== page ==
Show 2017 School of Communication: Bold, Professional and Urgent

The School of Communication graduate show is markedly political this year, responding to a constantly changing and challenging world with urgent, intelligent and innovative work that reveals authenticity and subjectivity as radical tools for communication.

External events – from the UK’s decision to leave the EU to the election of Donald Trump – have had a profound impact on this year’s Visual Communication students, prompting them to consider what Visual Communication can offer in troubled times and in the face of unknown futures. The response is a critical and engaged practice that finds a way to have difficult but necessary conversations.

‘The scale and ambition of this year’s show is audacious. It is bold and confident without being showy,’ explained Dr Rathna Ramanathan, Head of Programme. ‘One of the great strengths is that their work is pertinent to their own culture and backgrounds, resulting in a meaningful practice, that balances the human with the professional.’ This balance can be seen in Chourouk Zarkaoui’s eye-catching installation, which explores female sexuality and attitudes towards women in Morocco. The personal also blends with the professional in Arjun Harrison Mann’s interactive sound piece, that reveals the impact of cuts to disability benefits, sharing the voices of those who are housebound through disability.

This year’s show takes drawing off the page and on to objects and the fabric of the building, demonstrating its power as a tool of connection and protest. Latifah Al-Said has created a charcoal drawing depicting the history of slavery on one of the stairways. Throughout the show this image will be gradually smudged and erased by passing feet – reflecting the way we remember the past and choose to ignore current issues. Samuel Wingate has applied his drawings to various objects, creating an installation exploring gay culture in 2017. This includes a doubled-sided quilt that replicates the black-and-white tiled floor of the Stevens Building, with drawings of men found on Grindr within the Kensington area on the reverse.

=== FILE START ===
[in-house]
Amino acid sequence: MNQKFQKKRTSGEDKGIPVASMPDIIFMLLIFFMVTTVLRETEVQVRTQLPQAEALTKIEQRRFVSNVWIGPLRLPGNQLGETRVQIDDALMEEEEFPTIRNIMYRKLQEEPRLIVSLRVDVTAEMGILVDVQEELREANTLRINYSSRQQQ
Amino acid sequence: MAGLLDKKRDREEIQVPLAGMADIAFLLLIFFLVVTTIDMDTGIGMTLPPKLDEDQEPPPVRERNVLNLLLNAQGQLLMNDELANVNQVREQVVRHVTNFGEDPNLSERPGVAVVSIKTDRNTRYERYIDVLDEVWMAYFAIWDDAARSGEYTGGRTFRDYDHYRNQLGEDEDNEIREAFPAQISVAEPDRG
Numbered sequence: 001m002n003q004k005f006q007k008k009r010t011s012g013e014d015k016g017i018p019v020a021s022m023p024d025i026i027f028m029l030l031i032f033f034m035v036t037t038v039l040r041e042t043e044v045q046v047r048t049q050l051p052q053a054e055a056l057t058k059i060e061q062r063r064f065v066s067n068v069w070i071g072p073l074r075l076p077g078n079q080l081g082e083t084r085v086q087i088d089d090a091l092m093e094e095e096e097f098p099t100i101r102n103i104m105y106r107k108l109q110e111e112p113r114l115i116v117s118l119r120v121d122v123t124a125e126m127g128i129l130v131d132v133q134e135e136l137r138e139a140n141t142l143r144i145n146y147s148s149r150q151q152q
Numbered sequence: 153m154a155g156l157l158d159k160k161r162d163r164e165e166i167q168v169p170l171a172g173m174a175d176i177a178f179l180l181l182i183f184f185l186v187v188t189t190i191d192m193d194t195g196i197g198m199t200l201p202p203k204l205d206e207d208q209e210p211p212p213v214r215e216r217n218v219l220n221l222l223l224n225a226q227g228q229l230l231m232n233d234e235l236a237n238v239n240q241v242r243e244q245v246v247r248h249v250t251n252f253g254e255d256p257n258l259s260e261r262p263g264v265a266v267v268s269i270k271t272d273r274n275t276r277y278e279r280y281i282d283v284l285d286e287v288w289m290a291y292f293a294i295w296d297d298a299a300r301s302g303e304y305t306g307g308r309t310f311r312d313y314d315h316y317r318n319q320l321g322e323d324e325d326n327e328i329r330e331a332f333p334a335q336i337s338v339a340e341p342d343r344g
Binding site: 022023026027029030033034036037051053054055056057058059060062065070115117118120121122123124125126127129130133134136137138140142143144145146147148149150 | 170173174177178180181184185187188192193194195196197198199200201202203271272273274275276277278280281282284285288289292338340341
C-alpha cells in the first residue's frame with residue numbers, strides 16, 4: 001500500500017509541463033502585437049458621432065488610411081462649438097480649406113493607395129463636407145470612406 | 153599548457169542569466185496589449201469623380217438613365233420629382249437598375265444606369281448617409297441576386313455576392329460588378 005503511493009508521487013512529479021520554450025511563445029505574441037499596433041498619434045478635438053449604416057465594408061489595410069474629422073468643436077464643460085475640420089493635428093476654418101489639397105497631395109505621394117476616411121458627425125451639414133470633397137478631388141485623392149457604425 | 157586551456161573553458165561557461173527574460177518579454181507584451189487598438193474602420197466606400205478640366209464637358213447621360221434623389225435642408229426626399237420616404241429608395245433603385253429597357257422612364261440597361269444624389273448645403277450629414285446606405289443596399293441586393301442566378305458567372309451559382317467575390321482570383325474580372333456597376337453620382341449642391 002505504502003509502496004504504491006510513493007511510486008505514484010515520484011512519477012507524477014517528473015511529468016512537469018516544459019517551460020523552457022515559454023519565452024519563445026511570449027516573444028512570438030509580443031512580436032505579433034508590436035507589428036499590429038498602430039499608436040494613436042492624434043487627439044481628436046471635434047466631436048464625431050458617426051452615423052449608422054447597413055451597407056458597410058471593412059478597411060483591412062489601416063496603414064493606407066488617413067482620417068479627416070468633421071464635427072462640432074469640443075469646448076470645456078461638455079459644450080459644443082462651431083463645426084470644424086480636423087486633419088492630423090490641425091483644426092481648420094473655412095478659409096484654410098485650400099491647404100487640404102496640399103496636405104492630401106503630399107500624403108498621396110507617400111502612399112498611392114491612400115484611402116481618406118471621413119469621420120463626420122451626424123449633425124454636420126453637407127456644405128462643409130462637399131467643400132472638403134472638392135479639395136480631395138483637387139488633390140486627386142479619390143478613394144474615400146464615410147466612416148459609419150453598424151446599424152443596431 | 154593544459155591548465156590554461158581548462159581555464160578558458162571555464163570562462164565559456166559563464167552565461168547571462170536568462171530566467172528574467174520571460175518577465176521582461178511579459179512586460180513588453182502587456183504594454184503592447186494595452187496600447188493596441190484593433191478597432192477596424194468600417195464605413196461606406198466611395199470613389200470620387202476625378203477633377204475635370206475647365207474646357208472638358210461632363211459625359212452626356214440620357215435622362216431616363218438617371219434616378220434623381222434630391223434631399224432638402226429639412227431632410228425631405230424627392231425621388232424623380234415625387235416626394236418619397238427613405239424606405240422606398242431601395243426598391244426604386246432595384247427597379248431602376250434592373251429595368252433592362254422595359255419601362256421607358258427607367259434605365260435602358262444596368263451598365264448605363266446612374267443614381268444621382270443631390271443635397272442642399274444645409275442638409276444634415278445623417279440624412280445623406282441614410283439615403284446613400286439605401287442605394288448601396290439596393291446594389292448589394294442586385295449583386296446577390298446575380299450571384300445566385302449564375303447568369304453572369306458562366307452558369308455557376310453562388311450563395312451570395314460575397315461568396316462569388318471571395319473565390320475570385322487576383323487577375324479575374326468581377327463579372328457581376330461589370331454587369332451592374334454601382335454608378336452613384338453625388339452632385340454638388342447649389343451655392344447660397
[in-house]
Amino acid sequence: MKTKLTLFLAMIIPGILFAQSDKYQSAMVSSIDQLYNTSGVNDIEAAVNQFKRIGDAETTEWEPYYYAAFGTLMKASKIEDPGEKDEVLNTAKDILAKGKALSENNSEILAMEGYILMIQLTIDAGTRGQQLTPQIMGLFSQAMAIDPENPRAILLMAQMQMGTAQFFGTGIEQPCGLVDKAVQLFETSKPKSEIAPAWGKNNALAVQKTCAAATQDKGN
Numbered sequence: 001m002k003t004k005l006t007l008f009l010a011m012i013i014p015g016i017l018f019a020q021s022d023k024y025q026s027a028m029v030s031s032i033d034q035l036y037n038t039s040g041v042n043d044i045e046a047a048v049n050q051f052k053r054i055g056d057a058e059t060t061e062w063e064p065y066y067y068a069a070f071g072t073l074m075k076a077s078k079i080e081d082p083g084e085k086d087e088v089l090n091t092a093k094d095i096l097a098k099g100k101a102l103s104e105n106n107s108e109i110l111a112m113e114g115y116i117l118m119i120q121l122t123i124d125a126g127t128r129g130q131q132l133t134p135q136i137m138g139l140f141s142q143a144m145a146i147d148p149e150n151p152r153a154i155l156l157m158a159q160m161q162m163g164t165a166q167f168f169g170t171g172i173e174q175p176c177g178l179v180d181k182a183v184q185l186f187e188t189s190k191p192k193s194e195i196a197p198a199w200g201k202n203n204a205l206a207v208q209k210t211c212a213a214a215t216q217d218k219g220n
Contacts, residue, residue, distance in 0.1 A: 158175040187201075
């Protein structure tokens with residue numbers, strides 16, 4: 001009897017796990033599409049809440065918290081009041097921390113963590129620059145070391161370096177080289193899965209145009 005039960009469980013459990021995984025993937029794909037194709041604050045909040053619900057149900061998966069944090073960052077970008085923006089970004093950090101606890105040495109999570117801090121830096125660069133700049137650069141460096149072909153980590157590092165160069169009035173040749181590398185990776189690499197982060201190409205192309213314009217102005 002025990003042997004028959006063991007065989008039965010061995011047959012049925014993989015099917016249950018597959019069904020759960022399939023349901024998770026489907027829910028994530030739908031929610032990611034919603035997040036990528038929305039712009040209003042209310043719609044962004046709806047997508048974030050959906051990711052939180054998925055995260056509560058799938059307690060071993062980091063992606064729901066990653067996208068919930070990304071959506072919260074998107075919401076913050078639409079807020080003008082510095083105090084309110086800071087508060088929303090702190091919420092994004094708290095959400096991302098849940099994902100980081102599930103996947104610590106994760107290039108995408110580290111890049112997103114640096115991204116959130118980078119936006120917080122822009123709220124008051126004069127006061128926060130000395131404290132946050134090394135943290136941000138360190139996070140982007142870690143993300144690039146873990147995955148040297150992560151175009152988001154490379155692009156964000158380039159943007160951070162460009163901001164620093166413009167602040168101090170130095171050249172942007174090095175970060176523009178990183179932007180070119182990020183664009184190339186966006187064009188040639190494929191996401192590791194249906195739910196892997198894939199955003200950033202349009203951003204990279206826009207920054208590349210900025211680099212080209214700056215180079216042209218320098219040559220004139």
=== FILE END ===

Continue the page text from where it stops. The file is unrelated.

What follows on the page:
Exploring the history of the Visual Communication programme, Tom Finn has taken on the role of archivist, making a website for the Royal College of Art poster archive. The website challenges the perceptions of how an archive can exist, with users invited to add comments and current students able to contribute posters to the collection. Looking to the future, Hanna Schrage’s swing and virtual reality headset plunges the viewer into an alternate reality, creating a space to find calm, tranquility and personal reflection.

Animation can be understood as indiscipline, synthesising other art forms, from painting and drawing to sound design and sculpture. At the RCA animation is also very much for adults, tackling personal and political issues through storytelling and the development of vibrant characters. Working with both fictional and documentary narratives, this year’s graduate films are united by the urgency of the messages communicated. 

JJ (Je Eun) Shim’s short animation uses a mole character to raise awareness of child miners in Katanga in the Democratic Republic of Congo, who mine the minerals used to make batteries for mobile phone and laptops. In Hakim Ismail’s film, told from the perspective of a fetus, the sounds of shelling and ambulances heard within the womb create a moving and poignant meditation on the costs of warfare.